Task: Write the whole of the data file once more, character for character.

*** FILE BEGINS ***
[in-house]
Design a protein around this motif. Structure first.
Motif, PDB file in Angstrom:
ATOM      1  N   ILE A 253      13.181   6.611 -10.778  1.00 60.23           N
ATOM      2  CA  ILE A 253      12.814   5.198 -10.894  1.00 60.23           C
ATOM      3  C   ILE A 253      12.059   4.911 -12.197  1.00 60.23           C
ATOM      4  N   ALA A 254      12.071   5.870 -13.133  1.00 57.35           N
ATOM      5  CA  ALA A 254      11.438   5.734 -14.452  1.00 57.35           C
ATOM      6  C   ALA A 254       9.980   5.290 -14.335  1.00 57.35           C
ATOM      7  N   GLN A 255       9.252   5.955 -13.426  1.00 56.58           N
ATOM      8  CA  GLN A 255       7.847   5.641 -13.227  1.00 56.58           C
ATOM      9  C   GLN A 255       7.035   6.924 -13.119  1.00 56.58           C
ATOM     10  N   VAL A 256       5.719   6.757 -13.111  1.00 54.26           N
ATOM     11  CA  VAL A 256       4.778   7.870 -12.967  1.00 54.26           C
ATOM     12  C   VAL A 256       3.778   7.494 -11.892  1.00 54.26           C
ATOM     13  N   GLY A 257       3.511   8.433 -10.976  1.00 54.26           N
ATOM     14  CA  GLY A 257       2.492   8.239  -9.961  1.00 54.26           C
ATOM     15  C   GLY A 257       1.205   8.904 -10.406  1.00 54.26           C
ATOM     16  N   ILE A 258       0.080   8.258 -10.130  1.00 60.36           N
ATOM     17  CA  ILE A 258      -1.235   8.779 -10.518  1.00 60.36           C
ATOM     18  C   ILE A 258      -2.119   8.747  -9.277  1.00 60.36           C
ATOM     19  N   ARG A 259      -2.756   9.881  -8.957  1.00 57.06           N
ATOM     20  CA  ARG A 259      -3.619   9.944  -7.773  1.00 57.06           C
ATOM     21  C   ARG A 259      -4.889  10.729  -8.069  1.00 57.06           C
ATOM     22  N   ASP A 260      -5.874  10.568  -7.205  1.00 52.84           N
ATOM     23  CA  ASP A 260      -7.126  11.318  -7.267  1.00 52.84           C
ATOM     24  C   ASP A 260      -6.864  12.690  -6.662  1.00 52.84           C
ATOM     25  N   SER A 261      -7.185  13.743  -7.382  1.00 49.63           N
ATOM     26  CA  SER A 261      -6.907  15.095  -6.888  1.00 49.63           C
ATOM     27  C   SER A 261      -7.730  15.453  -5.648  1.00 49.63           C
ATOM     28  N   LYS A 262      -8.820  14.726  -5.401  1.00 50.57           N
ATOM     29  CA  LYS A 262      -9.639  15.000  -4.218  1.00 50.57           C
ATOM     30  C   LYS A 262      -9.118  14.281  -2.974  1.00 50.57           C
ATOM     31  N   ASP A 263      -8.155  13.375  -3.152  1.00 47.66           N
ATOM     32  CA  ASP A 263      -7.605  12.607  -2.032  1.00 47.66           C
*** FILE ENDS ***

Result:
[in-house]
Design a protein around this motif. Structure first.
Motif, PDB file in Angstrom:
ATOM      1  N   ILE A 253      13.181   6.611 -10.778  1.00 60.23           N
ATOM      2  CA  ILE A 253      12.814   5.198 -10.894  1.00 60.23           C
ATOM      3  C   ILE A 253      12.059   4.911 -12.197  1.00 60.23           C
ATOM      4  N   ALA A 254      12.071   5.870 -13.133  1.00 57.35           N
ATOM      5  CA  ALA A 254      11.438   5.734 -14.452  1.00 57.35           C
ATOM      6  C   ALA A 254       9.980   5.290 -14.335  1.00 57.35           C
ATOM      7  N   GLN A 255       9.252   5.955 -13.426  1.00 56.58           N
ATOM      8  CA  GLN A 255       7.847   5.641 -13.227  1.00 56.58           C
ATOM      9  C   GLN A 255       7.035   6.924 -13.119  1.00 56.58           C
ATOM     10  N   VAL A 256       5.719   6.757 -13.111  1.00 54.26           N
ATOM     11  CA  VAL A 256       4.778   7.870 -12.967  1.00 54.26           C
ATOM     12  C   VAL A 256       3.778   7.494 -11.892  1.00 54.26           C
ATOM     13  N   GLY A 257       3.511   8.433 -10.976  1.00 54.26           N
ATOM     14  CA  GLY A 257       2.492   8.239  -9.961  1.00 54.26           C
ATOM     15  C   GLY A 257       1.205   8.904 -10.406  1.00 54.26           C
ATOM     16  N   ILE A 258       0.080   8.258 -10.130  1.00 60.36           N
ATOM     17  CA  ILE A 258      -1.235   8.779 -10.518  1.00 60.36           C
ATOM     18  C   ILE A 258      -2.119   8.747  -9.277  1.00 60.36           C
ATOM     19  N   ARG A 259      -2.756   9.881  -8.957  1.00 57.06           N
ATOM     20  CA  ARG A 259      -3.619   9.944  -7.773  1.00 57.06           C
ATOM     21  C   ARG A 259      -4.889  10.729  -8.069  1.00 57.06           C
ATOM     22  N   ASP A 260      -5.874  10.568  -7.205  1.00 52.84           N
ATOM     23  CA  ASP A 260      -7.126  11.318  -7.267  1.00 52.84           C
ATOM     24  C   ASP A 260      -6.864  12.690  -6.662  1.00 52.84           C
ATOM     25  N   SER A 261      -7.185  13.743  -7.382  1.00 49.63           N
ATOM     26  CA  SER A 261      -6.907  15.095  -6.888  1.00 49.63           C
ATOM     27  C   SER A 261      -7.730  15.453  -5.648  1.00 49.63           C
ATOM     28  N   LYS A 262      -8.820  14.726  -5.401  1.00 50.57           N
ATOM     29  CA  LYS A 262      -9.639  15.000  -4.218  1.00 50.57           C
ATOM     30  C   LYS A 262      -9.118  14.281  -2.974  1.00 50.57           C
ATOM     31  N   ASP A 263      -8.155  13.375  -3.152  1.00 47.66           N
ATOM     32  CA  ASP A 263      -7.605  12.607  -2.032  1.00 47.66           C